Screening the backgrounds of potential employees is becoming more and more common among small and large businesses, alike. Even though it can be a hassle, possibly feel like an invasion of privacy, and even be intimidating enough to avoid applying for a position altogether, there are reasons other than what you might expect driving businesses to screen potential hires. In fact, many businesses run background checks as an essential part of their hiring process for good reason. Although you are within your right to feel hesitant to work for a company that requires a background check, consider whether some of these additional factors might be in play before completing ruling them out:
1. Federal and state requirements.
There are many business that are required by law to run a background check on any potential employee before making a hire. Any business that works closely with the federal government, and any position directly under the umbrella of federal or state governments, will require candidates to pass a background check. Government workers have access to sensitive information about citizens, and they also have access to information about government plans and actions. If this type of information gets into the wrong hands, it could pose a threat to individual citizens or the general public.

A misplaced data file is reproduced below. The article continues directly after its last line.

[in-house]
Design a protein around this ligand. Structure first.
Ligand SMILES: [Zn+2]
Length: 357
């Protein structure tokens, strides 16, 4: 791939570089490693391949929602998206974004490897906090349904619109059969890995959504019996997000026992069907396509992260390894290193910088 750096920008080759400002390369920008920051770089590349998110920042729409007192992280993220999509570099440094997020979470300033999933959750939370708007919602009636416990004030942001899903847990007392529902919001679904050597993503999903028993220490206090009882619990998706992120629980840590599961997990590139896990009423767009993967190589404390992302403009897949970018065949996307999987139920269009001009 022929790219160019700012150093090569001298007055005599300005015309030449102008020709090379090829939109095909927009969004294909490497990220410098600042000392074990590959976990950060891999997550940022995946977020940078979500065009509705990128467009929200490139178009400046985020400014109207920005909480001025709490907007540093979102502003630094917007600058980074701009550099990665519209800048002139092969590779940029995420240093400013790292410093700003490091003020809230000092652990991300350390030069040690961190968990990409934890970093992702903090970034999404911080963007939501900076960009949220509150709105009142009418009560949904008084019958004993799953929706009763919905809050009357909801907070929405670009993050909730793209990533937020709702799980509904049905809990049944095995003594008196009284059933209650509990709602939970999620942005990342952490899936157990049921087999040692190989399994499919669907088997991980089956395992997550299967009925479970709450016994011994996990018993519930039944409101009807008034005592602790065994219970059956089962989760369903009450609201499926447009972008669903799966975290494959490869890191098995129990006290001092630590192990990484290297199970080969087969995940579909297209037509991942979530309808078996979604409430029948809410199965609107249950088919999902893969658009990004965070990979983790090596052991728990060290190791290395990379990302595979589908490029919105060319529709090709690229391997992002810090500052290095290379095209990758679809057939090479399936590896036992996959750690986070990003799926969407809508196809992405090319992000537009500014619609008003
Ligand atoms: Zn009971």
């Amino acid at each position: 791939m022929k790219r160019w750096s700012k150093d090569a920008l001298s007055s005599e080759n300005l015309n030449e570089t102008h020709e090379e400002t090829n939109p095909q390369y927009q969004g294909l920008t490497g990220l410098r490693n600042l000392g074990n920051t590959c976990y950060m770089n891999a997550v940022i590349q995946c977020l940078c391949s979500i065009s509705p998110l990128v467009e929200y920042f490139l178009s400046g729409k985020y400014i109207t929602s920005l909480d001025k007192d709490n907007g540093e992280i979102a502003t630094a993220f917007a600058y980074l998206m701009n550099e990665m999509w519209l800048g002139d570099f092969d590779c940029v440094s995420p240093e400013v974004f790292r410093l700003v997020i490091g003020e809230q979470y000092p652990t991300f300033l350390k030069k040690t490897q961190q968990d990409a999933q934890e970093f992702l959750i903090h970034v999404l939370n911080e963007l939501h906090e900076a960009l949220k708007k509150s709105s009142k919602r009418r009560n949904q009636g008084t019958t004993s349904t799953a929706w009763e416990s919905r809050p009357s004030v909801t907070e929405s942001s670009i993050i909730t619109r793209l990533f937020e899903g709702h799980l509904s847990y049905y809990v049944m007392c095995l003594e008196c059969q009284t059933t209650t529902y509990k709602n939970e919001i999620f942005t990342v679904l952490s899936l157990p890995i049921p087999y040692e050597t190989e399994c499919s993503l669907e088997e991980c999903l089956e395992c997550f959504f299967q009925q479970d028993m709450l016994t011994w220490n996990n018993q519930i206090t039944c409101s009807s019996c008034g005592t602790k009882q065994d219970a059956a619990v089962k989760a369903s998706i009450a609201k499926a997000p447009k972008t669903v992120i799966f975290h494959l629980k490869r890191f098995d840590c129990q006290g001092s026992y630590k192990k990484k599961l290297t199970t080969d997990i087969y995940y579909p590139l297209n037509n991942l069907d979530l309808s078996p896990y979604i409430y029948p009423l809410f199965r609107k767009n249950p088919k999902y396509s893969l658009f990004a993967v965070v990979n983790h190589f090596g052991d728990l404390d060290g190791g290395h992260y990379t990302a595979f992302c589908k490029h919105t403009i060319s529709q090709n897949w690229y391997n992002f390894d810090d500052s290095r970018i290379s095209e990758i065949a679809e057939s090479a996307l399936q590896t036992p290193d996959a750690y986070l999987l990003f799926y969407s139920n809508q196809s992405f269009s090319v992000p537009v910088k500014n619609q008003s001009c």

2. Security for children and other vulnerable parties.
Under the federal National Child Protection Act, businesses and public organizations are allowed, and often required, to run background checks on people who will be working closely with vulnerable members of society. This includes children, the elderly, and those with mental disabilities. The high rate of abuse in schools and other organizations for children, seniors and the mentally disabled make it, not only important, but essential, to know the history of every employee working there.
3. Protection from lawsuits.
When something goes wrong with an employee, the business that hired him or her can often be held legally responsible for any damages. If an employee does something to hurt a colleague or customer, a business runs the risk of being sued by the hurt party as part of a negligent hiring lawsuit.
These types of situations can also do major damage to a business’s reputation, and business owners are within their right to do everything they can to know who they are hiring.